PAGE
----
India's Republic Day, January 26, 2004 -- (Extensions of Remarks - January 27, 2004)
HON. FRANK PALLONE, JR.
OF NEW JERSEY
IN THE HOUSE OF REPRESENTATIVES
TUESDAY, JANUARY 27, 2004
Mr. PALLONE. Mr. Speaker, I would like to pay tribute to one of the most important dates on the calendar for the people of India, as well as for the people of Indian descent who have settled in the United States and around the world. January 26th is Republic Day, an occasion that inspires pride and patriotism for the people of India.
On January 26, 1950, India became a Republic, devoted to the principles of democracy and secularism. At that time, Dr. Rajendra Prasad was elected as the nation's first president. Since then, despite the challenges of sustaining economic development and promoting tolerance and cooperation amongst its many ethnic, religious and linguistic communities, India has stuck to the path of free and fair elections, a multi-party political system and the orderly transfer of power from one government to its successor.
On that special day in 1950, India adopted its Constitution. It should be noted that India derived key aspects of her Constitution, particularly its statement of Fundamental Rights, from our own Bill Of Rights. On the eve of Republic Day several years ago, India's President K.R. Narayanan stated in his address to the nation: "Let us remember, it is under the flexible and spacious provisions of our Constitution, that democracy has flourished during the last fifty years and that India has achieved an unprecedented unity and cohesion as a nation and made remarkable progress in the social and economic fields."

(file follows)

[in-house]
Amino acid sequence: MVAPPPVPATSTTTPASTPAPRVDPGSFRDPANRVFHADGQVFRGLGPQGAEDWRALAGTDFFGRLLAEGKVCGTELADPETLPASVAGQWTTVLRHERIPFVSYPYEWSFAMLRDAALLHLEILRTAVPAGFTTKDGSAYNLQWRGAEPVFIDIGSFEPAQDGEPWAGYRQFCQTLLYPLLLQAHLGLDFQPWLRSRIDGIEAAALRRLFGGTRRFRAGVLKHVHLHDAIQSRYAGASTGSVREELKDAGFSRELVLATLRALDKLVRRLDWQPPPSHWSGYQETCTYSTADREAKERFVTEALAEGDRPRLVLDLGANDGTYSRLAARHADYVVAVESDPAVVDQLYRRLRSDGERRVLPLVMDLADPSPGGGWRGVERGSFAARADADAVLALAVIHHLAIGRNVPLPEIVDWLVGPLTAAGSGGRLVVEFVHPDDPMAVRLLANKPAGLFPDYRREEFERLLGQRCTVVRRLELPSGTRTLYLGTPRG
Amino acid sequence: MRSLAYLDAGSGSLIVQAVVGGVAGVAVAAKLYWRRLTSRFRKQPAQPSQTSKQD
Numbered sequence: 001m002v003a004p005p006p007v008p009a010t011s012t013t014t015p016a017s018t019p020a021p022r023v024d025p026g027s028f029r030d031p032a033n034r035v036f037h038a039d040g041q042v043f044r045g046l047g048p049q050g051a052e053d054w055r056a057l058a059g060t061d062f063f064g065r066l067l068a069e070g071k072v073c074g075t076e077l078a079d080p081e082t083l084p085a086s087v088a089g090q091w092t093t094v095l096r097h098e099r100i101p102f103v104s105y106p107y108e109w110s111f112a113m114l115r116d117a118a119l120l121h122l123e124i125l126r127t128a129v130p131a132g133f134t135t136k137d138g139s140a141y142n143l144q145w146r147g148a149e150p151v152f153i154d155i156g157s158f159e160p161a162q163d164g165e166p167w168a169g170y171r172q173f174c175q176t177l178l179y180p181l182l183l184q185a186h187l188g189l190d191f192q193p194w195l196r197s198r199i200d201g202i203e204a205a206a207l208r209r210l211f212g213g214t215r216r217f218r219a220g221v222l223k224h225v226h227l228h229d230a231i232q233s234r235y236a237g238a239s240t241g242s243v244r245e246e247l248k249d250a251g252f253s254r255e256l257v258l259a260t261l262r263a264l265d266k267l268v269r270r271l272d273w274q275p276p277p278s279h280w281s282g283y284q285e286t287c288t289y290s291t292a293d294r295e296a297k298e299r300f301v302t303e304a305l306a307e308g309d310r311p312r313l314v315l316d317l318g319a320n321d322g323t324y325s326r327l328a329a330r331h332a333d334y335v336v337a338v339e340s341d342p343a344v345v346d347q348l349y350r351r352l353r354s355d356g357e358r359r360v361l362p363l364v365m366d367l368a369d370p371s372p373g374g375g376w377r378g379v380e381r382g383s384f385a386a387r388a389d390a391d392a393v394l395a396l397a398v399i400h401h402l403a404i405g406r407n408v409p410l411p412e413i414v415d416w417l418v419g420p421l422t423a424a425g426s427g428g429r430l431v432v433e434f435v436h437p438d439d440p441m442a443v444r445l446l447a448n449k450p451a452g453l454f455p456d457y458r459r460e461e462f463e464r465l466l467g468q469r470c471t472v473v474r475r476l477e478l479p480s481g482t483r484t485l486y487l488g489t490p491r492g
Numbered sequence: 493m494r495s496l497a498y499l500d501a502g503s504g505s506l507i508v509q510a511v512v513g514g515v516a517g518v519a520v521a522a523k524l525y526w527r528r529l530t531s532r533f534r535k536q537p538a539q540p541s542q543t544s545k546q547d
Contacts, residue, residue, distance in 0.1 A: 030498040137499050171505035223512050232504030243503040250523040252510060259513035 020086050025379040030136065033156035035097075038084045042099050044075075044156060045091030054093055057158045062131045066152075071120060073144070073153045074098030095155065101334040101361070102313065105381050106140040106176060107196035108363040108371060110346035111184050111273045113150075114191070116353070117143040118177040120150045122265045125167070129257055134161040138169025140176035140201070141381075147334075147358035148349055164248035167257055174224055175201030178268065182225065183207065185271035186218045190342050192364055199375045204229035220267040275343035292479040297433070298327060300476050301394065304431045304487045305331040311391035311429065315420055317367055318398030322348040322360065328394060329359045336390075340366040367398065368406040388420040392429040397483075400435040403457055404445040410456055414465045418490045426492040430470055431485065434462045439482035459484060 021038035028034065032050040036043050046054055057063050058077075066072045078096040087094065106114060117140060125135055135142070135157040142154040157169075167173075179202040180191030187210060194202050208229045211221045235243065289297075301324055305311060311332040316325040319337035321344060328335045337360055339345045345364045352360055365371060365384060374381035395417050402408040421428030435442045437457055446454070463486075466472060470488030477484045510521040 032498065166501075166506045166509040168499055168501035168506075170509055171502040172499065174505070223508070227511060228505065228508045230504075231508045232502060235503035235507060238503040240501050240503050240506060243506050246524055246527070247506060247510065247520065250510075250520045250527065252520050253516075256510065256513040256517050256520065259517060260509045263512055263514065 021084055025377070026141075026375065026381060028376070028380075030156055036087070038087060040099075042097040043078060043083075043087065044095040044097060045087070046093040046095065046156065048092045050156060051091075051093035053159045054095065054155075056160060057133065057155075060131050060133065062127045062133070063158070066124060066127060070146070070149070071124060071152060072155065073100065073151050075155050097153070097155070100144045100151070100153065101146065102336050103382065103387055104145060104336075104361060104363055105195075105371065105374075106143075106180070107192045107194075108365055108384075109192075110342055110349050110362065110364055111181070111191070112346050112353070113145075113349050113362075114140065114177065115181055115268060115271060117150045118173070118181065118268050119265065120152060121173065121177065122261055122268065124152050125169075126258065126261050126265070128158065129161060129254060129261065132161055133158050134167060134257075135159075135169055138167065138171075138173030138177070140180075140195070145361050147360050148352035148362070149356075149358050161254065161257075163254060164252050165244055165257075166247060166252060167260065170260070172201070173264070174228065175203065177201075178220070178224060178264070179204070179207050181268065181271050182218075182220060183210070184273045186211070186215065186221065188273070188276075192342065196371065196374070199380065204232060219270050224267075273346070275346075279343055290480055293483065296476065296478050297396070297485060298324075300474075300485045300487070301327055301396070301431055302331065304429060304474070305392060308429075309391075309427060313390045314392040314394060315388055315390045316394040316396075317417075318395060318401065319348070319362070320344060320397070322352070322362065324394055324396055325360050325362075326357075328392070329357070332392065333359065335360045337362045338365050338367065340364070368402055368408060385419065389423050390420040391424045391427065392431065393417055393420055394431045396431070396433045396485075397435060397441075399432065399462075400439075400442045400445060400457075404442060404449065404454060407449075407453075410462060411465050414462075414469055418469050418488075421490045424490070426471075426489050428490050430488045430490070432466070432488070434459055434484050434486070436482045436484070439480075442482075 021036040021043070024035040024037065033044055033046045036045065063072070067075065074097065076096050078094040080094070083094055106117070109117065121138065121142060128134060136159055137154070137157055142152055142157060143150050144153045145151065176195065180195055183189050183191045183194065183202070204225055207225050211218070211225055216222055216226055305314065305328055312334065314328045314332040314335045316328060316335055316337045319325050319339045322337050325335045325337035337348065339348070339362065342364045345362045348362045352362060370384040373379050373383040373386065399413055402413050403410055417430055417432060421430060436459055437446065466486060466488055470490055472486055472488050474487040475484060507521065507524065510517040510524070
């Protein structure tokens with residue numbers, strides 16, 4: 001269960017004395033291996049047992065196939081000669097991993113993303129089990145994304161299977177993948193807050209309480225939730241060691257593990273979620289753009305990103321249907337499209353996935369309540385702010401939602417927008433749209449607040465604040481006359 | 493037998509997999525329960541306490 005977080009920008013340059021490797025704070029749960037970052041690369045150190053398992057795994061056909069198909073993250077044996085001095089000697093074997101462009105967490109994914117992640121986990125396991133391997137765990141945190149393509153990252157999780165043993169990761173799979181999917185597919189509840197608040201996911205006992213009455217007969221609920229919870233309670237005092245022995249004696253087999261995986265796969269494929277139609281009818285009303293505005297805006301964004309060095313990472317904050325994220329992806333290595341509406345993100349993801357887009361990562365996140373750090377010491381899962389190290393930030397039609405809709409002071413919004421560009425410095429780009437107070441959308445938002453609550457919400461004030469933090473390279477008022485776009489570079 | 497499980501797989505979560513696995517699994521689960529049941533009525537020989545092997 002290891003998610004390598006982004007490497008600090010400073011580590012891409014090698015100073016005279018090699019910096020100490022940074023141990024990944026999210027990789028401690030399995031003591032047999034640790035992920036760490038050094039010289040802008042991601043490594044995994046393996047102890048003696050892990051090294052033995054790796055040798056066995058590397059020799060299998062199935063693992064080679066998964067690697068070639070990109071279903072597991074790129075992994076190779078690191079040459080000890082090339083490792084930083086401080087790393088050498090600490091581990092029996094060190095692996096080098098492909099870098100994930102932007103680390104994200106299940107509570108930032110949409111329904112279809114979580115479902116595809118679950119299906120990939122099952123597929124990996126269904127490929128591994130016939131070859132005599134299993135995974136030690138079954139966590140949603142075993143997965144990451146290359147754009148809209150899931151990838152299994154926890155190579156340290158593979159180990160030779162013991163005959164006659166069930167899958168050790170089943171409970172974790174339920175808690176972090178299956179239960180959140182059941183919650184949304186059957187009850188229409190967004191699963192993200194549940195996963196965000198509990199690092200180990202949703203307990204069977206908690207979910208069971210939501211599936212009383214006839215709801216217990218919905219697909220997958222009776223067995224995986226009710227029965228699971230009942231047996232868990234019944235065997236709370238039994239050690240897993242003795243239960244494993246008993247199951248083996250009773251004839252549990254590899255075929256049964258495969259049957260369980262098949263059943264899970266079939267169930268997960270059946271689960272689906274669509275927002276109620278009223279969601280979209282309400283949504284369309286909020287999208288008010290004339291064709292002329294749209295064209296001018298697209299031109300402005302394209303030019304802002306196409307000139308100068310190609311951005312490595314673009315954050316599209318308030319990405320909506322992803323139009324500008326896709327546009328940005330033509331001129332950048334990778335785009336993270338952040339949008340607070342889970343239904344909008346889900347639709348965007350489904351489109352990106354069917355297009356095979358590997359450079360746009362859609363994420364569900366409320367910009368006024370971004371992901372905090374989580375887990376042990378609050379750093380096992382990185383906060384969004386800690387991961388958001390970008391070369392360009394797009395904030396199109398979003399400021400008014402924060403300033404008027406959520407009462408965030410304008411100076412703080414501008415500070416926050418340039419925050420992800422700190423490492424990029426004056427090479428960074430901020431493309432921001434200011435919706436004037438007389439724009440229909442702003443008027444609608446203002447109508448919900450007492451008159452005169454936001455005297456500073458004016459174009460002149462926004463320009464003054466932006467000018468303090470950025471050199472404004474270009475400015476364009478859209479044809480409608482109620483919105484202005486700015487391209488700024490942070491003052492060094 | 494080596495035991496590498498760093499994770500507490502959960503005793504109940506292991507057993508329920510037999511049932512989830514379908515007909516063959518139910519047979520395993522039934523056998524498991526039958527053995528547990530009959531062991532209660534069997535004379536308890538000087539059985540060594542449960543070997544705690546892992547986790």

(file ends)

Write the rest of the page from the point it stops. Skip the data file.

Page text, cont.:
India and the United States both proclaimed their independence from British colonial rule. The Indian independence movement under the leadership of Mahatma Gandhi had strong moral support from American intellectuals, political leaders and journalists. Just last weekend, we paid tribute to one of our greatest American leaders, the Rev. Martin Luther King, Jr. Dr. King derived many of his ideas of non-violent resistance to injustice from the teachings and the actions of Mahatma Gandhi.
As the world's two largest democracies, the United States and India have a natural relationship, based on their shared values of diversity, democracy and prosperity. These two countries have steadily grown closer for the past ten years, and most recently, the United States' campaign to fight global terrorism has brought the two countries even closer.
Following the tragic events of September 11, 2001 India was one of the first countries to come forward to the United States with an offer of full assistance and cooperation in this new global fight against terrorism. India has sadly been afflicted with terrorism from Pakistani-based terrorist groups throughout the last 15 years, and since September 11th, there have been terrorist attacks against India on a near daily basis. It is only natural that these two countries are united in the global fight against terrorism, as well as on many other fronts.
Lastly, I want to note that throughout the South Asian region, India stands alone as a pillar of democracy, stability and growth. I join both Indians in India and over 1.8 million Indians living here in the United States in celebrating India's Republic Day.